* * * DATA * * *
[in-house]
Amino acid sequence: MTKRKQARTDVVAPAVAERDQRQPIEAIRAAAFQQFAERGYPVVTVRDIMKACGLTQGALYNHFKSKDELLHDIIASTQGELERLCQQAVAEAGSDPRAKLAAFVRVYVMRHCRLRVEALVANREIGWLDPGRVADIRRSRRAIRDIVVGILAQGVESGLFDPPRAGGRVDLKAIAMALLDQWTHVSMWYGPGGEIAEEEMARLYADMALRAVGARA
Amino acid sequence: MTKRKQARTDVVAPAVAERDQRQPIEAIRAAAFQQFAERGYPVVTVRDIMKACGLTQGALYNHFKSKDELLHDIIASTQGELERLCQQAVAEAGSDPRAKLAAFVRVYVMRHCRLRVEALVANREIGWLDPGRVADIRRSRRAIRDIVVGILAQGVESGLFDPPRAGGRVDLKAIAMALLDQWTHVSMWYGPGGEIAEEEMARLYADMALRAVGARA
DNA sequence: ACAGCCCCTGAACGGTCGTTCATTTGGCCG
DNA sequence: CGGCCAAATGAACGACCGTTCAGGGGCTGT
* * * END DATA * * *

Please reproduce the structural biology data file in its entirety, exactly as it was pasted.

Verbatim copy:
[in-house]
Amino acid sequence: MTKRKQARTDVVAPAVAERDQRQPIEAIRAAAFQQFAERGYPVVTVRDIMKACGLTQGALYNHFKSKDELLHDIIASTQGELERLCQQAVAEAGSDPRAKLAAFVRVYVMRHCRLRVEALVANREIGWLDPGRVADIRRSRRAIRDIVVGILAQGVESGLFDPPRAGGRVDLKAIAMALLDQWTHVSMWYGPGGEIAEEEMARLYADMALRAVGARA
Amino acid sequence: MTKRKQARTDVVAPAVAERDQRQPIEAIRAAAFQQFAERGYPVVTVRDIMKACGLTQGALYNHFKSKDELLHDIIASTQGELERLCQQAVAEAGSDPRAKLAAFVRVYVMRHCRLRVEALVANREIGWLDPGRVADIRRSRRAIRDIVVGILAQGVESGLFDPPRAGGRVDLKAIAMALLDQWTHVSMWYGPGGEIAEEEMARLYADMALRAVGARA
DNA sequence: ACAGCCCCTGAACGGTCGTTCATTTGGCCG
DNA sequence: CGGCCAAATGAACGACCGTTCAGGGGCTGT